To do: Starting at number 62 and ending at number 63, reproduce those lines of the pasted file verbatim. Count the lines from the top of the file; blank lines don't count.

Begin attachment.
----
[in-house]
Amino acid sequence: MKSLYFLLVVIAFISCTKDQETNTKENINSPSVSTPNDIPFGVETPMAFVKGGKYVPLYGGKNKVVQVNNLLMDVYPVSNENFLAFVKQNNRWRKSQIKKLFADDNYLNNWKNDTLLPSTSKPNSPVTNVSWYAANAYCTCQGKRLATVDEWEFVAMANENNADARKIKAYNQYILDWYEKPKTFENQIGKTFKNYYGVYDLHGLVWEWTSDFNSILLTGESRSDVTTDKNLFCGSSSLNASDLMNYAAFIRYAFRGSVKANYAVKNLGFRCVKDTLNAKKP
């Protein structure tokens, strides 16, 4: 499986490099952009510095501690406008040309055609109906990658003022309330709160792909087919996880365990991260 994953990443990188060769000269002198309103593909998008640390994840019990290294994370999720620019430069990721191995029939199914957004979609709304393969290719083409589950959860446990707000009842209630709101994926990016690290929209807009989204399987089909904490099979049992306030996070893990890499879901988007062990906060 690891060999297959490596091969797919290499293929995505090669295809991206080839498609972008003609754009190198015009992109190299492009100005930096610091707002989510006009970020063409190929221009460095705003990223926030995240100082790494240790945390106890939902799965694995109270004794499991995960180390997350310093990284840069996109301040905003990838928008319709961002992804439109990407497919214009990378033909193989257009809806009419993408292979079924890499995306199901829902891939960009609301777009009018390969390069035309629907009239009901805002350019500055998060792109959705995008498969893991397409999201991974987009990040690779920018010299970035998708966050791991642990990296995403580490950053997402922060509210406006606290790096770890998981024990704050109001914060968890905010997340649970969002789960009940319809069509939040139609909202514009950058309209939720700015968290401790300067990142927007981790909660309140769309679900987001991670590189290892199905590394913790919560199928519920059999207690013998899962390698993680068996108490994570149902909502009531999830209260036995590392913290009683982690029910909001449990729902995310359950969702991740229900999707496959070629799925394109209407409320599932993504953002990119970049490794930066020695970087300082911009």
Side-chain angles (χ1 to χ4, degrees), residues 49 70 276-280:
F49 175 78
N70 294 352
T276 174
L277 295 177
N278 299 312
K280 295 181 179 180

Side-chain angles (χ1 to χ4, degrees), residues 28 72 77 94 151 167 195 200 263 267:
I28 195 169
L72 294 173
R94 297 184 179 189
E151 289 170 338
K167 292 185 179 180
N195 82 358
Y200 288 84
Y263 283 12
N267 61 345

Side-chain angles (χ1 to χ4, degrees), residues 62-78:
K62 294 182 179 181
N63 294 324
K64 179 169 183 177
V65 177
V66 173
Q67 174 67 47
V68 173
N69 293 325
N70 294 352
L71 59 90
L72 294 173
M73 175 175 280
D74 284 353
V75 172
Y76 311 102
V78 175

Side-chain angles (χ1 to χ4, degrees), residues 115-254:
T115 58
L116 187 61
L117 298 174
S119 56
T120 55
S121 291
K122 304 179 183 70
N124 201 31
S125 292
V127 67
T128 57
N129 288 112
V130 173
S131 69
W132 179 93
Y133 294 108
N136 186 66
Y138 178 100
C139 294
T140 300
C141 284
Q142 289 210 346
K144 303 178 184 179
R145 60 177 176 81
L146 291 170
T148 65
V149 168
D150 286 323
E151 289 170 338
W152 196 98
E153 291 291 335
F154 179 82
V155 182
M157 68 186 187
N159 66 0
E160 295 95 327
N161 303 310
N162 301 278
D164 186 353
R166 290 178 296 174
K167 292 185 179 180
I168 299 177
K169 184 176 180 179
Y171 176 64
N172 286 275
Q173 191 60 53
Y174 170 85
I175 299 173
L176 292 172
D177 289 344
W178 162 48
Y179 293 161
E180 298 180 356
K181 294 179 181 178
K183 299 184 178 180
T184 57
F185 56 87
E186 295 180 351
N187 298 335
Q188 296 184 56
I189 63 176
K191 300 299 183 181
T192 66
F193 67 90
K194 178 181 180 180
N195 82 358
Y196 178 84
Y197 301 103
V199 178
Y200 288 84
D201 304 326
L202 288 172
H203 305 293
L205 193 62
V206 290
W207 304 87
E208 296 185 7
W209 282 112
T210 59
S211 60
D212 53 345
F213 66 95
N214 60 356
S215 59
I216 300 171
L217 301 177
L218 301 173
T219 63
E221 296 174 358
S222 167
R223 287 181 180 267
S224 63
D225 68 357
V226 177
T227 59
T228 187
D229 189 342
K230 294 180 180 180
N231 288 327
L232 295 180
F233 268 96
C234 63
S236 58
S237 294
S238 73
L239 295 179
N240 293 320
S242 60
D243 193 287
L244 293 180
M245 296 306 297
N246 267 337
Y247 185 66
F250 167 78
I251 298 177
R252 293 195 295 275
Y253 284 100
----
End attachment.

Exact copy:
R145 60 177 176 81
L146 291 170